The 6502 and the Propeller are connected via a few glue-logic chips. The Propeller has 32 digital I/O pins and they are all in use; many of them are used in more ways than one. The Propeller controls the 6502, and enables the SRAM memory chip.
The Propeller generates the clock pulses for the 6502, at a maximum rate of 1MHz. During the first half of each clock pulse, the 6502 doesn't use the data bus, so the Propeller can use this time to enable two 74HC244 octal buffers to connect to the address bus. It can use the address to make decisions about what to do during the second half of the clock pulse, for example if the 6502 is in the process of writing a byte into the screen buffer, the Propeller can catch this write and put the byte in its own memory to show a character on the screen.
Signals such as interrupts and Reset can be generated by the Propeller by using a 74HC574 octal D flipflop. During the first half of the clock pulse, the Propeller puts the signals on the pins that are connected to the '574 and clocks the flipflops so that the updated signals will be sent to the 6502 continuously even though the Propeller only updates them once per clock pulse.
The RAM chips is connected to the data bus and address bus of the 6502 and its Chip Select line is permanently active; however the two pins that control whether the RAM reads or writes a byte from or to the data bus are under direct control of the Propeller. When the 6502 accesses a memory area that's mapped into the Propeller (such as a video buffer), the Propeller just needs to make sure that the RAM chip doesn't get activated at the same time.
The 6502 has to boot from a memory area that's initialized with data before the 6502 starts. This can be done in two ways: The first way is to simply map the ROM area into the Propeller. The second way is for the Propeller to write the ROM image to the SRAM chip before starting the 6502. However, the Propeller doesn't have direct control over the address bus and the 6502 can't start until there's something in memory.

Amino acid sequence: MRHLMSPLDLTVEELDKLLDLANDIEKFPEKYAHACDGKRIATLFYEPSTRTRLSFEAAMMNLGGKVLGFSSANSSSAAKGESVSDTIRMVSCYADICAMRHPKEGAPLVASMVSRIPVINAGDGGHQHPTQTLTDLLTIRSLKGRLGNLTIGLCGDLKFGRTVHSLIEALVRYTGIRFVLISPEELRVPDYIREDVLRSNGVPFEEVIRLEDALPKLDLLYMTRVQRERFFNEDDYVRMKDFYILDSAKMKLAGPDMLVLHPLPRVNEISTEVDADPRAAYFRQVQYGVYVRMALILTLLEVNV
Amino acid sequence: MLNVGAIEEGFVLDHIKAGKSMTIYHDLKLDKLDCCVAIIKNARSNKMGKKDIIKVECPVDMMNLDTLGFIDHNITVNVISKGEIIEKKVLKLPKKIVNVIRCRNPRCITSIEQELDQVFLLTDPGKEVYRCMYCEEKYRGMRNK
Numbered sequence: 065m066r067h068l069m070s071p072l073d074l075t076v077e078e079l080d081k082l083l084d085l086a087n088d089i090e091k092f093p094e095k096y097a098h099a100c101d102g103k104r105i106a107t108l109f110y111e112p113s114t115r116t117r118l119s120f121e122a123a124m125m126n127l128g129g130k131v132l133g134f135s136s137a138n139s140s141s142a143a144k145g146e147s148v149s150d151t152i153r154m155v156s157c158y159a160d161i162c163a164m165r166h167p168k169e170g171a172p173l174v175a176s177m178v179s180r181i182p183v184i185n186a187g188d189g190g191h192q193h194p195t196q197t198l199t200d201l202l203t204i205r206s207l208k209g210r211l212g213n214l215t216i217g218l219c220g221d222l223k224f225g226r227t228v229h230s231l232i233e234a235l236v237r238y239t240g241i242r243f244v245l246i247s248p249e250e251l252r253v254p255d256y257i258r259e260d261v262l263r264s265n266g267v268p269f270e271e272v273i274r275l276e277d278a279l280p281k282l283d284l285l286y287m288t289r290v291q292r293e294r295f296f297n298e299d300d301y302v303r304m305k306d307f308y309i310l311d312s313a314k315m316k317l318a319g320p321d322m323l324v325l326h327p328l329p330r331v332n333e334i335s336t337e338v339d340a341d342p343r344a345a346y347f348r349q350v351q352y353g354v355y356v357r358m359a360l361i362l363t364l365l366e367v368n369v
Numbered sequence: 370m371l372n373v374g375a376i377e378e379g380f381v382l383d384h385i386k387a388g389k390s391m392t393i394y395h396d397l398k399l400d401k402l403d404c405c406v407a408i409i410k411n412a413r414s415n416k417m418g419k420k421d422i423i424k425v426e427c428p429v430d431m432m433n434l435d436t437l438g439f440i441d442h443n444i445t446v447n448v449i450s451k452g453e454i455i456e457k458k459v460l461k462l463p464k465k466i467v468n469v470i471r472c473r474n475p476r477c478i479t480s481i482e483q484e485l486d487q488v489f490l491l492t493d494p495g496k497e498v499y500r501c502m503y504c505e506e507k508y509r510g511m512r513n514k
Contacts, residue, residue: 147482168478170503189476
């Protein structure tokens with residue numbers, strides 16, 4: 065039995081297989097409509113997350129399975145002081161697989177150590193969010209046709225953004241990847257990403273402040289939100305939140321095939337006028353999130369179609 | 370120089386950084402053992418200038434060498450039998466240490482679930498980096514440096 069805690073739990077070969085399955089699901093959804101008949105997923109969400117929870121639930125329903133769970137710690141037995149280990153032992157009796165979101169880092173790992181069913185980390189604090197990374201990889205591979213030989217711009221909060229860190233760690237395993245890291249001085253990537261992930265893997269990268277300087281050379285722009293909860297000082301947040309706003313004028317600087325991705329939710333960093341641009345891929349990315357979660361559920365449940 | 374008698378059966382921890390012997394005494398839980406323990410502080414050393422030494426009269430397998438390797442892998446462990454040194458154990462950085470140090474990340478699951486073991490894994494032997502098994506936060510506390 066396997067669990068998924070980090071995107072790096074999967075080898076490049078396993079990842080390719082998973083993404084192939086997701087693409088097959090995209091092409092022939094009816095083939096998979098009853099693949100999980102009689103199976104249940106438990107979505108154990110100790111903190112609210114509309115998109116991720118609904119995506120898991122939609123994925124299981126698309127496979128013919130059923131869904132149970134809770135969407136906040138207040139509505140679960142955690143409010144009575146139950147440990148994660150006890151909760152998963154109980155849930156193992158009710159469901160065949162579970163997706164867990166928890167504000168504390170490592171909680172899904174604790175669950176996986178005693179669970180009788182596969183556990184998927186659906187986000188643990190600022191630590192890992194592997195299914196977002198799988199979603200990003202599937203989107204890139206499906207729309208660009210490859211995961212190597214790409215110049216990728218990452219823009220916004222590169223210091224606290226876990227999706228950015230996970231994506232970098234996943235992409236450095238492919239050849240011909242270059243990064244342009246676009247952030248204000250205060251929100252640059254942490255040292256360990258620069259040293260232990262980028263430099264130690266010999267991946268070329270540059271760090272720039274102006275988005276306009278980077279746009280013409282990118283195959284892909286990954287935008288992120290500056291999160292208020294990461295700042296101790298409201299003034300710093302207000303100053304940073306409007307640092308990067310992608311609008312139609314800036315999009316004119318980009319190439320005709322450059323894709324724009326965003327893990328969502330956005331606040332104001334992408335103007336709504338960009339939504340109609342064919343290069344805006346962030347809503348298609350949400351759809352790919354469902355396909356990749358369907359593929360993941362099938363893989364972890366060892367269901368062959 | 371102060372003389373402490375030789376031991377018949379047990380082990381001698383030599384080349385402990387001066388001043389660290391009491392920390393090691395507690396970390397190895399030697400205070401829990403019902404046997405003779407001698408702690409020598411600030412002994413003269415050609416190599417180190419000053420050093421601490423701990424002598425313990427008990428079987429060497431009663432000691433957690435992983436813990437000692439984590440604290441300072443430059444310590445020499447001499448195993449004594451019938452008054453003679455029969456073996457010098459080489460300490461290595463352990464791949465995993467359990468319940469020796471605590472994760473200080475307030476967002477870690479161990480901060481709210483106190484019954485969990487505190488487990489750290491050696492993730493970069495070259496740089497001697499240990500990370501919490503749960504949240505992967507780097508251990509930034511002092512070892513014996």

This problem is solved by a clever algorithm that generates a Reset or NMI on the 6502. The 6502 retrieves a pointer to a location to start executing a Reset or NMI handler, and the Propeller intercepts the retrieval of that pointer to send the 6502 to a location where the code needs to be stored. During the first half of each clock pulse (when the 6502 isn't using the data bus but an address is already available), the Propeller puts the byte to store onto the data bus, and enables the Write line on the RAM chip to store the data. Then during the second half of the clock pulse, it disables the RAM chip and generates dummy instructions for the 6502. So the 6502 thinks that it's busy doing nothing to handle the Reset or NMI, but the Propeller is storing data into memory behind the back of the 6502.
At the time of this writing, the download algorithm hasn't been totally debugged yet, but I've been successful in setting up an emulator for the Apple 1 and mapping Ken Wessen's Krusader ROM into 6502 memory which makes it possible to write programs in Assembly language or Basic. See http://youtu.be/8BCoQepmyYU for a demo. This is just the first emulator of an existing system. More emulators for other systems will follow, and of course it's possible to design a new system that's not based on any pre-existing hardware at all. Furthermore it's possible to use an expansion bus to connect hardware that might be too difficult to emulate with the Propeller.